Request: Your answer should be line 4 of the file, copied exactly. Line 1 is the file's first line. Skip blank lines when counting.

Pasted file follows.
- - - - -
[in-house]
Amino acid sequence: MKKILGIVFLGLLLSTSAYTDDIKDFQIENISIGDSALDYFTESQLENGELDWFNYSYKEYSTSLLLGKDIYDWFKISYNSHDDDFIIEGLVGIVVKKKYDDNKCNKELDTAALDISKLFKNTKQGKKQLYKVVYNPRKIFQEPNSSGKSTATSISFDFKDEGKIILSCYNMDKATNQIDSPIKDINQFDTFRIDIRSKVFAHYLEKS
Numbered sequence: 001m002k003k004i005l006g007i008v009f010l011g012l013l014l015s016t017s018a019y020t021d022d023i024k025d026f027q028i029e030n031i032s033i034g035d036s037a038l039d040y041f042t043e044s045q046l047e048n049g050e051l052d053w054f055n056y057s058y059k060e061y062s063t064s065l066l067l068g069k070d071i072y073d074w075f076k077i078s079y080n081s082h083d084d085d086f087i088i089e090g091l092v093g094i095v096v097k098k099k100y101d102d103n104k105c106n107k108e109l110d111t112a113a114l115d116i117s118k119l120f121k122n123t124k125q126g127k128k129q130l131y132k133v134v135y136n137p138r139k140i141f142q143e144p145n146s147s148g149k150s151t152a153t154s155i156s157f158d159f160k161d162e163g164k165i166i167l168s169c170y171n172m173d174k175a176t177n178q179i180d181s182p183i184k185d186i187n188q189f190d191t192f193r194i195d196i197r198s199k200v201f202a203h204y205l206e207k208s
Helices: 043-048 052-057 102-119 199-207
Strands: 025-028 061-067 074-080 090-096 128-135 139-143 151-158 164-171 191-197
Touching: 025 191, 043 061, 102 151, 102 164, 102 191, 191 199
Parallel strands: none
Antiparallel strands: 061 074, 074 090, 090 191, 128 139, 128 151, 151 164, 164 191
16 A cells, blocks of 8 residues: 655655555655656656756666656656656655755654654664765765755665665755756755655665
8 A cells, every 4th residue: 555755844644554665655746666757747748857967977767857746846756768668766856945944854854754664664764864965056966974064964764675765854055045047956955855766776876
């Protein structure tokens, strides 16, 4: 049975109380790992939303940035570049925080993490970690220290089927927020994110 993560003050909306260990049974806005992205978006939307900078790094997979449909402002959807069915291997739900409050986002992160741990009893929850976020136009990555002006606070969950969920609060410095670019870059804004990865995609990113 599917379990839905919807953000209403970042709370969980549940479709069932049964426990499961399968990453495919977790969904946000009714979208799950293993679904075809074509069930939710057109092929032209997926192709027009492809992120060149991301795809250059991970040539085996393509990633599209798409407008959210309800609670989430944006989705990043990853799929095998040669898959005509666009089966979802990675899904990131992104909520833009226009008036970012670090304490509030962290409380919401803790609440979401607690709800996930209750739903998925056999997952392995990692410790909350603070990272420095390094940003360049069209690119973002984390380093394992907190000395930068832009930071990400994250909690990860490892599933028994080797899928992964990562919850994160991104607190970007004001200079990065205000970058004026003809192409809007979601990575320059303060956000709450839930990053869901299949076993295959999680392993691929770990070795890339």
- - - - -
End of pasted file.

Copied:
Helices: 043-048 052-057 102-119 199-207